Dane Cook and Dusty Crophopper in Disney's 'Planes'. Photos courtesy of Disney and Getty Images.
Dane Cook's website used to keep fans updated on the latest "Dane Train" news, but thanks to the comedian/actor's latest role, we'll be looking for more "Dane Plane" news.
In Disney's latest animated wonder, "Planes," Cook voices Dusty Crophopper, an anthropomorphic crop-duster who longs to be a globe-trotting aerial racer. While it's hard enough to succeed in something Dusty's not built for, further complicating matters is the fact that he is mortified of heights.
Surprisingly, Cook has a lot in common with Dusty. "It's funny how many parallels there were to my young adult life in this story," Cook recently told us in a phone interview about the film.
As you'll find out in the full interview below, it is a little bit funny. And though you may not expect as much from a comedian who's not afraid to go to the crass side, Cook's similarities to Dusty are also a little bit touching.
What's not surprising is that Cook's "Planes" performance is funny and touching too; what else would you expect from a Disney animated movie?
"Planes" opens wide this weekend.
[Related: Dane Cook Filmography & Biography]
What did you see in this project that made you sign on?
Dane Cook: In terms of what [executive producer John] Lasseter and Disney and Pixar have done over the years, which is just incredible heart in these films. Just because of where they are now willing to take these characters and what topics they tackle along the way. So many different themes of isolation, and feeling neglect, and fear, and I just love that about these movies.
When I read the script, and there was this scene where Skipper, as his mentor, is talking to Dusty about things in his past that were traumatizing. And I knew in reading the script that there would be this flashback moment. And it moved me. I was sitting there going "wow". And the fact that I was saying "wow" to a script, I knew that where they would take it, and because of the lineage of Disney and the people behind it, that I was going to be a part of something very special.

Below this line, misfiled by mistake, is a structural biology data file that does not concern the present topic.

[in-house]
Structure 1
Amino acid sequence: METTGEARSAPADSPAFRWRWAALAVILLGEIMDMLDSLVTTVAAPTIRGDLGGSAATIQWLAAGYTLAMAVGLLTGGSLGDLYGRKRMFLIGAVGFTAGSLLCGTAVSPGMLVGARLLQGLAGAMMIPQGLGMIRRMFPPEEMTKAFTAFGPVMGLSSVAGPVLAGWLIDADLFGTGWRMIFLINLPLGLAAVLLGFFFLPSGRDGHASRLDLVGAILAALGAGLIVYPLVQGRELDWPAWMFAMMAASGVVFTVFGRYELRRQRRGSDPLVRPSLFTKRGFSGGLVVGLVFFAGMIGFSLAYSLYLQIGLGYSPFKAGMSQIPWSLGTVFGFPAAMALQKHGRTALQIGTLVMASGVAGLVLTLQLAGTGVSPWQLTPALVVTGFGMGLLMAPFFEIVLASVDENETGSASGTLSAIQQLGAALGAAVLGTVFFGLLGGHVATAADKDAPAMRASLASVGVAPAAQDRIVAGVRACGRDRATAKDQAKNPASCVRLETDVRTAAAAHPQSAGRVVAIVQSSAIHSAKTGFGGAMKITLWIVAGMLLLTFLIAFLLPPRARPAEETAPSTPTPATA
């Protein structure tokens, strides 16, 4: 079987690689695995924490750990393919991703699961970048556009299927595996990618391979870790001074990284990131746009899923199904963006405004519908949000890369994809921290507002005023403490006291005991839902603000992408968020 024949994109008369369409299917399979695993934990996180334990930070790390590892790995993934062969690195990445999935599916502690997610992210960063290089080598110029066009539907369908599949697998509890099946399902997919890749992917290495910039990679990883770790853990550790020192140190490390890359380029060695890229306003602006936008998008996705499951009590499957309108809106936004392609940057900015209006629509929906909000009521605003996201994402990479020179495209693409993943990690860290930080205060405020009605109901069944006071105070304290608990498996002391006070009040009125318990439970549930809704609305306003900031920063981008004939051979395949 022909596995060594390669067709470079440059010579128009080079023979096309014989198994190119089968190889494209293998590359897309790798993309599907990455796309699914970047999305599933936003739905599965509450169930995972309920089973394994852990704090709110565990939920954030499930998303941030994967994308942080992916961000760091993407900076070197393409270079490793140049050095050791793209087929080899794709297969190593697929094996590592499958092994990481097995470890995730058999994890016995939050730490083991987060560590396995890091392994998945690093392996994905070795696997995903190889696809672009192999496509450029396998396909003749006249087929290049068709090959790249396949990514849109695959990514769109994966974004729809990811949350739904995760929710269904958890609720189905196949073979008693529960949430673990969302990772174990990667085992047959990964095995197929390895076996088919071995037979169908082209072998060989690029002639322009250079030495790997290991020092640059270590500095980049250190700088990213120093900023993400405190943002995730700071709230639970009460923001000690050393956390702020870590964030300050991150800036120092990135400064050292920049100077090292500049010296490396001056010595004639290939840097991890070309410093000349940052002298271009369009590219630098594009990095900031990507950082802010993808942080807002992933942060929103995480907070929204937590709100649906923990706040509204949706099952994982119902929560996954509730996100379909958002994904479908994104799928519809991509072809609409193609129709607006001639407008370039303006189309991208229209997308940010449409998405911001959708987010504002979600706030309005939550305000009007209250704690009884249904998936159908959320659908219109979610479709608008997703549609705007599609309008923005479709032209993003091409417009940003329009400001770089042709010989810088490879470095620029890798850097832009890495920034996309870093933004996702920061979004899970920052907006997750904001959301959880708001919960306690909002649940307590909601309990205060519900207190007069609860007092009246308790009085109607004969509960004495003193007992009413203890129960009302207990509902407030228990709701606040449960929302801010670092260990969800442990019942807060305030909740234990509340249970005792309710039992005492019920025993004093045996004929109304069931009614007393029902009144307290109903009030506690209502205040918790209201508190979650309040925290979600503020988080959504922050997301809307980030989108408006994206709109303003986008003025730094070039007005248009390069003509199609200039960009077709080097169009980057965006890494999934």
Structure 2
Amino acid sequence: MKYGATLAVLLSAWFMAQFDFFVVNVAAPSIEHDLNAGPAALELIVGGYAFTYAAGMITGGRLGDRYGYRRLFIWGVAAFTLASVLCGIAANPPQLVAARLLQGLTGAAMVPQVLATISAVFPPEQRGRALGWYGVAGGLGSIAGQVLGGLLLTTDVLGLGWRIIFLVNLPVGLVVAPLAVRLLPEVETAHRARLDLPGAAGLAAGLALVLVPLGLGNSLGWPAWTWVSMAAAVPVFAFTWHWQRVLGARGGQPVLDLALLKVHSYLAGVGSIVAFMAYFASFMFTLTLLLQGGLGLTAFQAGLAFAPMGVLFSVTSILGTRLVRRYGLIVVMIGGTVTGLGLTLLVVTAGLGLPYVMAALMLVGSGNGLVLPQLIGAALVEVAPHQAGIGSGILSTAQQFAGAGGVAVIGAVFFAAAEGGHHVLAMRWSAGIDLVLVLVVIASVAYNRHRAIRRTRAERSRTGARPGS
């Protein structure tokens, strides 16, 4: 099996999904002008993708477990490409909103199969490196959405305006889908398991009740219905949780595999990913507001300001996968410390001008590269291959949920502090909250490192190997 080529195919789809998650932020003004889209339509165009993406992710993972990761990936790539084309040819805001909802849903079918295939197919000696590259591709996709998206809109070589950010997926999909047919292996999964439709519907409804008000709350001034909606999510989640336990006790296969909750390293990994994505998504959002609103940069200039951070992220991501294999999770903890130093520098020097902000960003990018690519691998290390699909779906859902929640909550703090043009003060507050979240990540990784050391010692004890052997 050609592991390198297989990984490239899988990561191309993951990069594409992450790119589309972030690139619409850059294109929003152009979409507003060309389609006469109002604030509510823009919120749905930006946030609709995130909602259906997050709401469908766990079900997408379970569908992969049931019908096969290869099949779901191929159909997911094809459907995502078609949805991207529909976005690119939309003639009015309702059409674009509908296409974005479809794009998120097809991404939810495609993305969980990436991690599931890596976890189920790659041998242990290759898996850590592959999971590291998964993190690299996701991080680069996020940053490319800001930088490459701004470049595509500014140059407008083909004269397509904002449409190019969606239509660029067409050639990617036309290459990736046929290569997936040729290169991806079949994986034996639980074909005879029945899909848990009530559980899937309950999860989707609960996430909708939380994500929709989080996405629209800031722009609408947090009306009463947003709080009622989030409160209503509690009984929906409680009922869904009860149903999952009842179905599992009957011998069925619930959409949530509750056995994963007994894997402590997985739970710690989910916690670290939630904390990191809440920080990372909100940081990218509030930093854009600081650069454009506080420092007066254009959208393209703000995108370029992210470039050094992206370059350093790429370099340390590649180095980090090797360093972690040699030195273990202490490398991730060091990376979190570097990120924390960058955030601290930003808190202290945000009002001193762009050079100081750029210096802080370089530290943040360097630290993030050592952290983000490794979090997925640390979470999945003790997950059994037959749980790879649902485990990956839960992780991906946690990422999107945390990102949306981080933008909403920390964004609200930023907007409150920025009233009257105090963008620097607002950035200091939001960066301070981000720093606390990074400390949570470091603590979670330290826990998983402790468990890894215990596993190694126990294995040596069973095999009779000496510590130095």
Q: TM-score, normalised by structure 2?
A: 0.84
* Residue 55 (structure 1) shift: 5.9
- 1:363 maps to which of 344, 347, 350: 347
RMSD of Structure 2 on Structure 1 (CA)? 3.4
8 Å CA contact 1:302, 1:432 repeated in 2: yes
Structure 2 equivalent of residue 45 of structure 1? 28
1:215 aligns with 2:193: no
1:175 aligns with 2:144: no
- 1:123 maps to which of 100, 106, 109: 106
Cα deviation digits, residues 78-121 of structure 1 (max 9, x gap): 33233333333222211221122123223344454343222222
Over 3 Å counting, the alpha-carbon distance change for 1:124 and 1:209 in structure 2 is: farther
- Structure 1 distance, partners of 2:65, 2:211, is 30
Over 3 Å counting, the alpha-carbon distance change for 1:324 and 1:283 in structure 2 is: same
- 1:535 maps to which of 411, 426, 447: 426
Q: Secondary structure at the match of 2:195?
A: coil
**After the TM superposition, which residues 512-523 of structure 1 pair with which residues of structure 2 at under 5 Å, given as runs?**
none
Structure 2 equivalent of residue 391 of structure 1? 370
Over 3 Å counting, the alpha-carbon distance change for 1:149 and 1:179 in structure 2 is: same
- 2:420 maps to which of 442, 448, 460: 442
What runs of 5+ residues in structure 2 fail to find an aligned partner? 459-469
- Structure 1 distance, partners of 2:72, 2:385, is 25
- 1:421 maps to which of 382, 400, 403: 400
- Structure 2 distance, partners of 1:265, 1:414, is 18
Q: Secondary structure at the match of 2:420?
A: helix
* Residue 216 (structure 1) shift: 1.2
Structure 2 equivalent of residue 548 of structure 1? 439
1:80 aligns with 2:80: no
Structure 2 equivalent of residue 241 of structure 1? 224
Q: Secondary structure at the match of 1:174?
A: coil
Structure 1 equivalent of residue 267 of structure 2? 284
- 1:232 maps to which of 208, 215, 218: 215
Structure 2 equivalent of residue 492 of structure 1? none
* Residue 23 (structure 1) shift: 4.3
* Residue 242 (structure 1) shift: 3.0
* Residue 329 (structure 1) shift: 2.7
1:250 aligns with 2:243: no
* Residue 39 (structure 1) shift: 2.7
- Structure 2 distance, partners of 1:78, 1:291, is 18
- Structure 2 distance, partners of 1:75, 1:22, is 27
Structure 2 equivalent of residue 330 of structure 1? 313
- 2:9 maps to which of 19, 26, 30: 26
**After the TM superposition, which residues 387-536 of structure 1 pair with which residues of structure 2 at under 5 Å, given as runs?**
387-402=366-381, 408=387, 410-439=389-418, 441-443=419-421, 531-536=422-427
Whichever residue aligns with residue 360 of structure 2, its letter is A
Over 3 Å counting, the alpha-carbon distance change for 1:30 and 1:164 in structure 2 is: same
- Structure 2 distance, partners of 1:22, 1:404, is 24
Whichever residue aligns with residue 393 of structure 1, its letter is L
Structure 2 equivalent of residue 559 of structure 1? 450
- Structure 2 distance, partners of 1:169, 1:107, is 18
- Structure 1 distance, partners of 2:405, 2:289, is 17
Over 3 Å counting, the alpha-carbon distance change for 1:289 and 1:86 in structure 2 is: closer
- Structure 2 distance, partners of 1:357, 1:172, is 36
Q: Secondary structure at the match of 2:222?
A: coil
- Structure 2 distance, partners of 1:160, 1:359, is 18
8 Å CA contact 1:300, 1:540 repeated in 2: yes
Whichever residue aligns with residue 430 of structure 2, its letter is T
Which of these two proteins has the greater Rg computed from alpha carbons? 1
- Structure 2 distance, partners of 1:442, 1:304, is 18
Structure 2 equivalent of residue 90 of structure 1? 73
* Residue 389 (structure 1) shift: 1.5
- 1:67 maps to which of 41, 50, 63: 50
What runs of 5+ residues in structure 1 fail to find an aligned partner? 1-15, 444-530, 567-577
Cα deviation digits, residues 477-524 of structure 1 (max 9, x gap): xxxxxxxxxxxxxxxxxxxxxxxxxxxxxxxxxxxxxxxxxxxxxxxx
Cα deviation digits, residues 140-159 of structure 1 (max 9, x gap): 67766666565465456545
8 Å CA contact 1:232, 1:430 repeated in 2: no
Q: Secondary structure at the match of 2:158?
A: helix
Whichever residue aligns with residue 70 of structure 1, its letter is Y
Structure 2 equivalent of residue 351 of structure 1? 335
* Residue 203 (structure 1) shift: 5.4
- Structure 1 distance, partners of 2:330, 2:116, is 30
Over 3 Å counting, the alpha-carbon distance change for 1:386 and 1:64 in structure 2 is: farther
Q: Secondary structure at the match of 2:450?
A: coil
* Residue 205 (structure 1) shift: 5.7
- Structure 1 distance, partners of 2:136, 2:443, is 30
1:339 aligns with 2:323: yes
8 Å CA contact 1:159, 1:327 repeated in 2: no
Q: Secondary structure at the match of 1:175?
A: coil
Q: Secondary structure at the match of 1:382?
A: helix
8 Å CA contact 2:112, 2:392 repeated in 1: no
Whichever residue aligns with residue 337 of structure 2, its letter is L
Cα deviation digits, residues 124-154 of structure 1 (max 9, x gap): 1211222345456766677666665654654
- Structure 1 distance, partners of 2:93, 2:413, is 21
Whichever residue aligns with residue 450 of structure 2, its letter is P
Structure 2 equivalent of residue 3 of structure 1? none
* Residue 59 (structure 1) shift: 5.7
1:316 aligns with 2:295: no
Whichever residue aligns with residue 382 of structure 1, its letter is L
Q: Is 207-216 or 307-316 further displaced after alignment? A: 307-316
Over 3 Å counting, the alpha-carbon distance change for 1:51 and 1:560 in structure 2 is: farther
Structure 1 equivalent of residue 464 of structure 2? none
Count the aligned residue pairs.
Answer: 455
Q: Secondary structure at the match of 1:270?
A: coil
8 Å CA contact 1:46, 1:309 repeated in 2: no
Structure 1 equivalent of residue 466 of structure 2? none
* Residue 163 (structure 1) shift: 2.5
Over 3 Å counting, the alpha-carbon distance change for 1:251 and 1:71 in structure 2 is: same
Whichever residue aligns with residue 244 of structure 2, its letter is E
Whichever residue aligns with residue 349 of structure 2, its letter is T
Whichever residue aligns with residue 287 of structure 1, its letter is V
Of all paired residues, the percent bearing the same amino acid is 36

And then you see that scene on the big screen, and it's arguably one of the most emotional scenes you've seen in an animated action-adventure in many, many years.
Did you discuss that scene with Mr. Lasseter? I mean, because I remember seeing it and saying, "Man, that's pretty heavy.
DC: I had talk with Klay [Hall], our director, on the day as we were doing it. And the notes that we kept getting back from the bosses were, "Keep going. Keep pushing it."
I remember saying, "I really want to play this with real trepidation in his voice going into it, but then once he's crashing through the waves, I want to be throwing water on my face and sounding like I'm drowning and choking. So, to finally see that scene in the completed form – I love that there's great laughs, great heart, an incredible message for kids, and then there's also grit in there.
Did you really have water thrown in your face during that scene?
DC: I was taking bottles of water, and before each take, I would try to purposely put it into a place where I would choke so that you would hear that kind of breath you only get when you stay under the pool a little bit too long. So yeah, whatever I could do to pull out an authentic sound for that scene.
I guess the theme of the film is that you can do more than what you're built for right? What were you, Dane Cook, built for?
DC: I wanted to be a comedian ever since I was probably 10 years old. I told my sister, Kelly, when I was 15 years old – she had seen Steve Martin play in Madison Square Garden, she came back to Boston, and she was telling me all about this evening. She was really animated and just so excited to share what she had seen in front of all these people. And at 15 I said, "I'm going to sell out Madison Square Garden someday," to my sister, Kelly.